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Pemco

Modern Logistics, the yet-to-launch Brazilian carrier, will receive its first aircraft in May.

The 737-400F is being converted by Pemco, and will arrive on a long-term dry lease. Two more 737-400Fs are scheduled to arrive later in the year, with plans for a further six in 2016, along with two ATR72-200Fs.

Modern Logistics is an innovative idea – it is offering its customers a one-stop shop, with warehousing, packing and multimodal distribution throughout Brazil’s manufacturing centres. It claims it will serve 15 logistics centres within five years, with a fleet of 36 aircraft, and is also planning international operations.

“We will offer a unique service in Brazil,” promised Marlon Ramirez, co-founder of Modern Logistics, last year.

“Our integrated one-stop shop operation will reduce direct and indirect costs. Our logistics solutions will add quality and security to the supply chain and our air operation will significantly reduce delivery times, allowing for just-in-time delivery. This combination will increase security for shipments minimising product loss and handling costs.”

Security in Brazil is becoming increasingly difficult. Police recently recovered a stolen shipment of pharmaceuticals, valued at $350,000, which had been in transit between Rio de Janerio and Sao Paulo. Modern Logistics aims to focus on high-value cargo including pharma and car parts, which, if moved by air, would have greater security than overland.

Modern Logistics has taken longer to get off the ground than was originally anticipated. In September it secured $30m in an initial private equity investment through Rio’s DXA Investments, which said it saw opportunities in Brazil’s poor infrastructure.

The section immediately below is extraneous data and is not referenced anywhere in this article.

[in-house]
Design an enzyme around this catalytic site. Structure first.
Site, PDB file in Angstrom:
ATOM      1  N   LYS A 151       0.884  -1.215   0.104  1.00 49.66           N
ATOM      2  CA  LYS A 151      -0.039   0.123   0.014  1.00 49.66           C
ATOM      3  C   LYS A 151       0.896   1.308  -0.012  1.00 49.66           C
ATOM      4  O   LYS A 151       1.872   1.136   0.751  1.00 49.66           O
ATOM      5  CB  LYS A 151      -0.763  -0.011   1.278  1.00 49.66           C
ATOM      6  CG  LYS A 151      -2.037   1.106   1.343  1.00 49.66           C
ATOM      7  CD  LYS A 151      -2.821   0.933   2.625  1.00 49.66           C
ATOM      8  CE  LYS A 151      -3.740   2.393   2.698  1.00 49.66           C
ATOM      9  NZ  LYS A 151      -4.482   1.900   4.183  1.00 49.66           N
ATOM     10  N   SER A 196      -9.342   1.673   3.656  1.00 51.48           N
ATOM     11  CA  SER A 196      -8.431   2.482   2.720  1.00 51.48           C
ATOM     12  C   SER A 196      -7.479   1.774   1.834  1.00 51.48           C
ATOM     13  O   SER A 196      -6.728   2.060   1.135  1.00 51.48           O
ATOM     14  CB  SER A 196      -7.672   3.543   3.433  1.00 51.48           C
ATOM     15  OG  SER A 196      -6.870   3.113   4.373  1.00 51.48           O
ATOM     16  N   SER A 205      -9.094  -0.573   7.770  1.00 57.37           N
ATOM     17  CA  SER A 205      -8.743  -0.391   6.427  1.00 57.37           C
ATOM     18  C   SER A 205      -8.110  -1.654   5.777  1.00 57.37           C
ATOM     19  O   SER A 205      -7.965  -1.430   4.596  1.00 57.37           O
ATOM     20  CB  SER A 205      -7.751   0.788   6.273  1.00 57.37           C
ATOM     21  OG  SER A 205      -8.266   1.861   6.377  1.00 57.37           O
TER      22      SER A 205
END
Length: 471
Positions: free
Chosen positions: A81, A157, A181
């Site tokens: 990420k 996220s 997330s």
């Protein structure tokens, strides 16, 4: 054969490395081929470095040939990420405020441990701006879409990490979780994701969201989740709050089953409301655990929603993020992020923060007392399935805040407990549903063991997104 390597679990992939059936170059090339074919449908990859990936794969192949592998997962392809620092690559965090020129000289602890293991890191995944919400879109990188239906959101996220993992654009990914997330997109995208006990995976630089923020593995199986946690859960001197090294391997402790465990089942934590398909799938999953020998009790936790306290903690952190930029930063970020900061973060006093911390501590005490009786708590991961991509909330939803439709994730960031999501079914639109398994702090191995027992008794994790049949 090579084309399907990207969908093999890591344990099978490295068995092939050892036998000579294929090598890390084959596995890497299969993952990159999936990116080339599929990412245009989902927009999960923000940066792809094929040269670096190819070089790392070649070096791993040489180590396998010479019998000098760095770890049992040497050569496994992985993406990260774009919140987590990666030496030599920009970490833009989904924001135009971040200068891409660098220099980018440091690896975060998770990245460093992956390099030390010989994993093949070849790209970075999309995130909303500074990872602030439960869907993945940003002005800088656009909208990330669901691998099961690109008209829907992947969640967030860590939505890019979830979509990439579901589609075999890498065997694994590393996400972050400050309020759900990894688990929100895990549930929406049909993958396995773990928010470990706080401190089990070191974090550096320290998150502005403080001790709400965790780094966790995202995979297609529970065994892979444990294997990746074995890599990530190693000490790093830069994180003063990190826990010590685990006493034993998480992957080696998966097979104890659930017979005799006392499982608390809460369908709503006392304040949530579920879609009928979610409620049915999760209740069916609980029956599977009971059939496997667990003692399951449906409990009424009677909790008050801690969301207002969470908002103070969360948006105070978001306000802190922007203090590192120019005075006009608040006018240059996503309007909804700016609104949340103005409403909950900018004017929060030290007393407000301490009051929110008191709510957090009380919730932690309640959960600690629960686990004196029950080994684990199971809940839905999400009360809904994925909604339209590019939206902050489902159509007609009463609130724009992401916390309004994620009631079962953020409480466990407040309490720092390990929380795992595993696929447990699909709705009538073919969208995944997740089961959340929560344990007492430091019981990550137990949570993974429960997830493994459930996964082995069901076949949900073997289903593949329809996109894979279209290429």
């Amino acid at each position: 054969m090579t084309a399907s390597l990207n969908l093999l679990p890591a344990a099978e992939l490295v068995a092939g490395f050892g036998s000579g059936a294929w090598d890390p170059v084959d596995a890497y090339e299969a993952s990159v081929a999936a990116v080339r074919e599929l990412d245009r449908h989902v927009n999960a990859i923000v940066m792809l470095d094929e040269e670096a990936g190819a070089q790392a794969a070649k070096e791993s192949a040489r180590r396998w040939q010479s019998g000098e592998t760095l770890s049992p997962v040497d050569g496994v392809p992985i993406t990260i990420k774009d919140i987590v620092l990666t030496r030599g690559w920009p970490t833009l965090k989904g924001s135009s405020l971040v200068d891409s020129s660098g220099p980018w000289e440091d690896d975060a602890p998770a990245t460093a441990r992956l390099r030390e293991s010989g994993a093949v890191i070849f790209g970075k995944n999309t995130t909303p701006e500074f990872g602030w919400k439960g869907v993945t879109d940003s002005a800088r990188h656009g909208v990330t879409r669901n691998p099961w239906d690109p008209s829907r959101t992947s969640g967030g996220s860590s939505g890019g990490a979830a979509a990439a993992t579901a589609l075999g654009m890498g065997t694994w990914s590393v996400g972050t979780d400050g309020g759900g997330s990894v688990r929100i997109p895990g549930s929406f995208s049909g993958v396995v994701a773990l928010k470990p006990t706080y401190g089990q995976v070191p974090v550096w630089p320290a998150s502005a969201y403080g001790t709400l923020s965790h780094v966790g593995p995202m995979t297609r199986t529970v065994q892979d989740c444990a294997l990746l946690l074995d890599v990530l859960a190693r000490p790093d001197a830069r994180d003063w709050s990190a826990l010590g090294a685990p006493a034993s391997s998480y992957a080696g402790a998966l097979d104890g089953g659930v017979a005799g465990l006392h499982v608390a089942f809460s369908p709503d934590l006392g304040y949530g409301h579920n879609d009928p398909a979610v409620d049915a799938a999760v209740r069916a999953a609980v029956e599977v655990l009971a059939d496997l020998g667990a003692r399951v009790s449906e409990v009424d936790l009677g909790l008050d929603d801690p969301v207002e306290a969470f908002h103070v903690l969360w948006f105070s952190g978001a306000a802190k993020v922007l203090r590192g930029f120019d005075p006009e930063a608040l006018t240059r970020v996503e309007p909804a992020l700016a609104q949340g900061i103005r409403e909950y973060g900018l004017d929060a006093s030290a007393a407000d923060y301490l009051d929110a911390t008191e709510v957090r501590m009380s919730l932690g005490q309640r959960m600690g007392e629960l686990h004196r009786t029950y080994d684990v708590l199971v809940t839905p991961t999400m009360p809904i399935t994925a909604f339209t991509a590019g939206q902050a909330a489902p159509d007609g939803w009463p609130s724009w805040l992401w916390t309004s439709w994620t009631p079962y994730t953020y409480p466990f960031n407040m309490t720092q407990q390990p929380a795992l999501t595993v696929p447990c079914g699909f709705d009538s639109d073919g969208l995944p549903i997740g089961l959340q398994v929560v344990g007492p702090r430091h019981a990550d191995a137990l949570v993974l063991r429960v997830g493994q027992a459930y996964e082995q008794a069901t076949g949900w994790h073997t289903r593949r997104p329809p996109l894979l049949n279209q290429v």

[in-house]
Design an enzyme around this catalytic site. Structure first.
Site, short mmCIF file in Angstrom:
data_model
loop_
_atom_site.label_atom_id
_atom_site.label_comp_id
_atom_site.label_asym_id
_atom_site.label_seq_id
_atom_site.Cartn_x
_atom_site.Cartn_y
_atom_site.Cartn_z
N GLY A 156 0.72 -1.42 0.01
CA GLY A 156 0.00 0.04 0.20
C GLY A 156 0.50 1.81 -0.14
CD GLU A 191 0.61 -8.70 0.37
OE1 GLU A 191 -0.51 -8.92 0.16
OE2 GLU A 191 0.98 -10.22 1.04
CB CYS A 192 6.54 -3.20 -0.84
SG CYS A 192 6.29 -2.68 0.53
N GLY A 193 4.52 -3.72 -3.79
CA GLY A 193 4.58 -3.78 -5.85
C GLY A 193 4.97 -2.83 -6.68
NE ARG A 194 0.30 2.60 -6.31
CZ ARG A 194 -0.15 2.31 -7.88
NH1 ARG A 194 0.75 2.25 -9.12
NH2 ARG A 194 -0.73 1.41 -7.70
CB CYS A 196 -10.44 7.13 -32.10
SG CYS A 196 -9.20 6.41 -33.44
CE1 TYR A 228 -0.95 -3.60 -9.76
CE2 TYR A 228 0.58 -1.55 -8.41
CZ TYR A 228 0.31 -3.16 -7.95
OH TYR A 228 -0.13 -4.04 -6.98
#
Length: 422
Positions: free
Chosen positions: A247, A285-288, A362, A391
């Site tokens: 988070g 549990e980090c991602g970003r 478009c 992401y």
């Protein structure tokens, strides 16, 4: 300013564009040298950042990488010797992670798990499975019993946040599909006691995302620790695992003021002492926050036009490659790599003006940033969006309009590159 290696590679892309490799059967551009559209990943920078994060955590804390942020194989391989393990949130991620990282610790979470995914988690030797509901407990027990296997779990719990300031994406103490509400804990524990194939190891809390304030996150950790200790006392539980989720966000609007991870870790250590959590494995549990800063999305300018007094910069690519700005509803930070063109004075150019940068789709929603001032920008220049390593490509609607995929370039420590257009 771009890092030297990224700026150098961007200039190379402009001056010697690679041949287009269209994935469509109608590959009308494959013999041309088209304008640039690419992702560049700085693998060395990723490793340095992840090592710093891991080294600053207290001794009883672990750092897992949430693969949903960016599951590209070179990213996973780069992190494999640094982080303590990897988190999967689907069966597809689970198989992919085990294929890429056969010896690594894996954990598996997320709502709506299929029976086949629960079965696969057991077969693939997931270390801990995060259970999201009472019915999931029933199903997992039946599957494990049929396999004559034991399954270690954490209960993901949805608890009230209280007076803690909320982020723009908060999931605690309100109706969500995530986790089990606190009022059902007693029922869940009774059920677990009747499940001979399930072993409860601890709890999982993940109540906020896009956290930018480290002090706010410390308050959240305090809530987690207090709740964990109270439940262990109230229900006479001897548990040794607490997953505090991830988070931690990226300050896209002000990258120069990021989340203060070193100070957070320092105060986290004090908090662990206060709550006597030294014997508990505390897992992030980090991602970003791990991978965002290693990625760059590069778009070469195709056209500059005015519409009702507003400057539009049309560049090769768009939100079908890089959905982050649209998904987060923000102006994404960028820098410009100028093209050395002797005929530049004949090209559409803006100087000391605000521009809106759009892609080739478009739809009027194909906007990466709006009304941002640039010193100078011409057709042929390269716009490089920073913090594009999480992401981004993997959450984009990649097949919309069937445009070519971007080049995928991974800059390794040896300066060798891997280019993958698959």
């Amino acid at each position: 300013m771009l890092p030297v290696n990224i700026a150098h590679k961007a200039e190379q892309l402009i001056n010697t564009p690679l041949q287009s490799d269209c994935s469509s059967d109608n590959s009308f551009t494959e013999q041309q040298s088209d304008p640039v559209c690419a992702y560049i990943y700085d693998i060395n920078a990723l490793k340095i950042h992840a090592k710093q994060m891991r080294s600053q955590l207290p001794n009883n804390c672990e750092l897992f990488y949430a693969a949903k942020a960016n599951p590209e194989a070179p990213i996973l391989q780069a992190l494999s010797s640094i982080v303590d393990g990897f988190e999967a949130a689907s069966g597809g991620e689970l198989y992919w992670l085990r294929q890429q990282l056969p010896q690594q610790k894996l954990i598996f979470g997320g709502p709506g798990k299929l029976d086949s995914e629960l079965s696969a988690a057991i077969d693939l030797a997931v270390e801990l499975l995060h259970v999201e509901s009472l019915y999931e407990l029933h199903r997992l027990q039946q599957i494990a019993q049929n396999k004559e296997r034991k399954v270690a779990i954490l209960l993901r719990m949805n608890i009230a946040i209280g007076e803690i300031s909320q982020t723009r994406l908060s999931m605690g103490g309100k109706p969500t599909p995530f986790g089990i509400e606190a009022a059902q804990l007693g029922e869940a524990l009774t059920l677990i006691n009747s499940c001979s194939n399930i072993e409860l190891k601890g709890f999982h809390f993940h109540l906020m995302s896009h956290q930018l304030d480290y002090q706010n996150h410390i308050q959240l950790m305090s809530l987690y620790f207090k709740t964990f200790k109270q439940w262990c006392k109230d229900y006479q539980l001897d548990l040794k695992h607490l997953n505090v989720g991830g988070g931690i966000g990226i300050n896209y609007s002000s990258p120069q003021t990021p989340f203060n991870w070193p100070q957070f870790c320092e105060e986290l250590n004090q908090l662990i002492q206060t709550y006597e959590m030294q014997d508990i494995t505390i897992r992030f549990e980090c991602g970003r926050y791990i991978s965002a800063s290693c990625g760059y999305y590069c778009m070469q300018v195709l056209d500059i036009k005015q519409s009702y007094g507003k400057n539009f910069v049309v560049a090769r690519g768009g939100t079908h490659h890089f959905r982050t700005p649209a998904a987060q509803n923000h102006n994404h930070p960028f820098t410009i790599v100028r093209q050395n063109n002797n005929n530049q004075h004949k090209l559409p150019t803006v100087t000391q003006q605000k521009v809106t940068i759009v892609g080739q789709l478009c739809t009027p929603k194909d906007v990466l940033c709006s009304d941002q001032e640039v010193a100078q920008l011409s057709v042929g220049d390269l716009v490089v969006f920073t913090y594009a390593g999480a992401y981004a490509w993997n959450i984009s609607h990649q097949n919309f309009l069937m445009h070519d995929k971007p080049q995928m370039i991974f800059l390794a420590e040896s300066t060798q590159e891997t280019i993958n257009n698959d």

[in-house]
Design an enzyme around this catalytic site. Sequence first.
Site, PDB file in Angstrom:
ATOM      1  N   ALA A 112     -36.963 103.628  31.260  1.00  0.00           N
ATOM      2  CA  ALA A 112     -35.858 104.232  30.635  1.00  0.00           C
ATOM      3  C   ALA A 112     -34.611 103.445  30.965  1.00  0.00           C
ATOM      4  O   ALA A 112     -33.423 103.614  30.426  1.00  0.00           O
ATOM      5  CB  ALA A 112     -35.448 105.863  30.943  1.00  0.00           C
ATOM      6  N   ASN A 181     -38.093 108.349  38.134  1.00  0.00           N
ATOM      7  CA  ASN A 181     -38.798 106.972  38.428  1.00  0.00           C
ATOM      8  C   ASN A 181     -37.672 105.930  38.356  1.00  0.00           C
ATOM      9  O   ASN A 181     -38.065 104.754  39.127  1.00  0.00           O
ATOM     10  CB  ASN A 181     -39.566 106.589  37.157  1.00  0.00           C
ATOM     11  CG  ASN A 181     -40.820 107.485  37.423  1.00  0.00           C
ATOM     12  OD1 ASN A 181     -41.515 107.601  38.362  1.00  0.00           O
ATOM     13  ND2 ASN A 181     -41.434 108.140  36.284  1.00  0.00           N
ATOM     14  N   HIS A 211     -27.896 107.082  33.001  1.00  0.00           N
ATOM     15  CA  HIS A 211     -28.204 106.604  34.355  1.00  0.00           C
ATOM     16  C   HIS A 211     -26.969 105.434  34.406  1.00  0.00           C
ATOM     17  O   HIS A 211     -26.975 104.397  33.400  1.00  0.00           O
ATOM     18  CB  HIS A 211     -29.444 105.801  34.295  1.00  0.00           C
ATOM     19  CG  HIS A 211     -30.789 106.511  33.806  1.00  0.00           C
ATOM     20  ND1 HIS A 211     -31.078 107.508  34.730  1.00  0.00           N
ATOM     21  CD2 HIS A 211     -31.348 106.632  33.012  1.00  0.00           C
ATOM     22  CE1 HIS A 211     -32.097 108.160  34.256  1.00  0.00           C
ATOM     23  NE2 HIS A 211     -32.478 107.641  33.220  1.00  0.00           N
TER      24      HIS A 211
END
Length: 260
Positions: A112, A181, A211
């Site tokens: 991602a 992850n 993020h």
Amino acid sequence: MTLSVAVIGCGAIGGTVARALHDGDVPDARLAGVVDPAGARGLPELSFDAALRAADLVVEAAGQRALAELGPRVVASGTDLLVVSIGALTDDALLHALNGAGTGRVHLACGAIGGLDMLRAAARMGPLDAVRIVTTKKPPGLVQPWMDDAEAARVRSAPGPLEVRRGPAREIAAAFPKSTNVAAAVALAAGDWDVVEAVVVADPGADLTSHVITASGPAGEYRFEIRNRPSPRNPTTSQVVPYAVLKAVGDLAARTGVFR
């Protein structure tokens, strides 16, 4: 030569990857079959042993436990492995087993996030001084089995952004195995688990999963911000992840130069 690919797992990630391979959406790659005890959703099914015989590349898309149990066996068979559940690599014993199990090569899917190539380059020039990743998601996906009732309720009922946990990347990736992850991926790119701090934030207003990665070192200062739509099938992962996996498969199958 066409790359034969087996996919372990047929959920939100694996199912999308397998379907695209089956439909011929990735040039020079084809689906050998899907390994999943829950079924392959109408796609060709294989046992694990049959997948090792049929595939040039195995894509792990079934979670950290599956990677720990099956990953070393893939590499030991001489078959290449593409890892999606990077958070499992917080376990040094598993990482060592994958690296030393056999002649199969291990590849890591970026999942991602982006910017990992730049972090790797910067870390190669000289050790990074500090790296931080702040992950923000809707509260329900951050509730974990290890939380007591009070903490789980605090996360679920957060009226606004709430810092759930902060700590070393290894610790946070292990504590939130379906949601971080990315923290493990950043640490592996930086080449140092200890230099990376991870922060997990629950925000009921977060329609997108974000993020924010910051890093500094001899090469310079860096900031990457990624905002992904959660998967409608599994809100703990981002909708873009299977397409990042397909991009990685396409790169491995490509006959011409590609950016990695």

“We see Brazil’s infrastructure challenges as a market opportunity,” said Oscar Decotelli, partner at DXA Investments, as the initial funding was secured.

“We know that in order for the Brazilian economy to grow, we will need to overcome the infrastructure bottleneck. Modern’s unique solution will help alleviate the infrastructure problems by offering a faster and more efficient solution that guarantees quality and security. The integrated platform will allow for clients to minimise existing inefficiencies with significant cost reduction.”

But challenges remain for the fledgling company. Brazil, famously, has failed to grow as had once been anticipated. The economy grew just 0.1% in 2014 and market estimates expect it to shrink 0.8% this year.

“2015 will be tough, with few chances of recovery and a worrisome adjustment of still-unknown scale,” José Lopes Filho, president of the Brazilian association of distributors of manufacturing goods, told Reuters last week. High levels of consumer debt, as well as trade restrictions and social unrest are expected to hold back growth in the short term.

However, according to Seabury data, air exports from Brazil rose 14.8% between January and August, year-on-year, putting it just behind the US and Vietnam with 22,000 tons vs 23,000 tons.

The Petrobas scandal has overshadowed business in Brazil and led to declining confidence, as well as stalling infrastructure projects. However, the depreciation of the real against the dollar could boost manufacturing. The US overtook Argentina as the biggest buyer of Brazilian goods last year.

Modern Logistics, which may have been unlucky with its timing, nevertheless has good aviation pedigree behind it, with support from Azul Linhas Aéreas Brasileiras co-founder, Gerald Blake Lee, and JetBlue Airways co-founder, John Owen.

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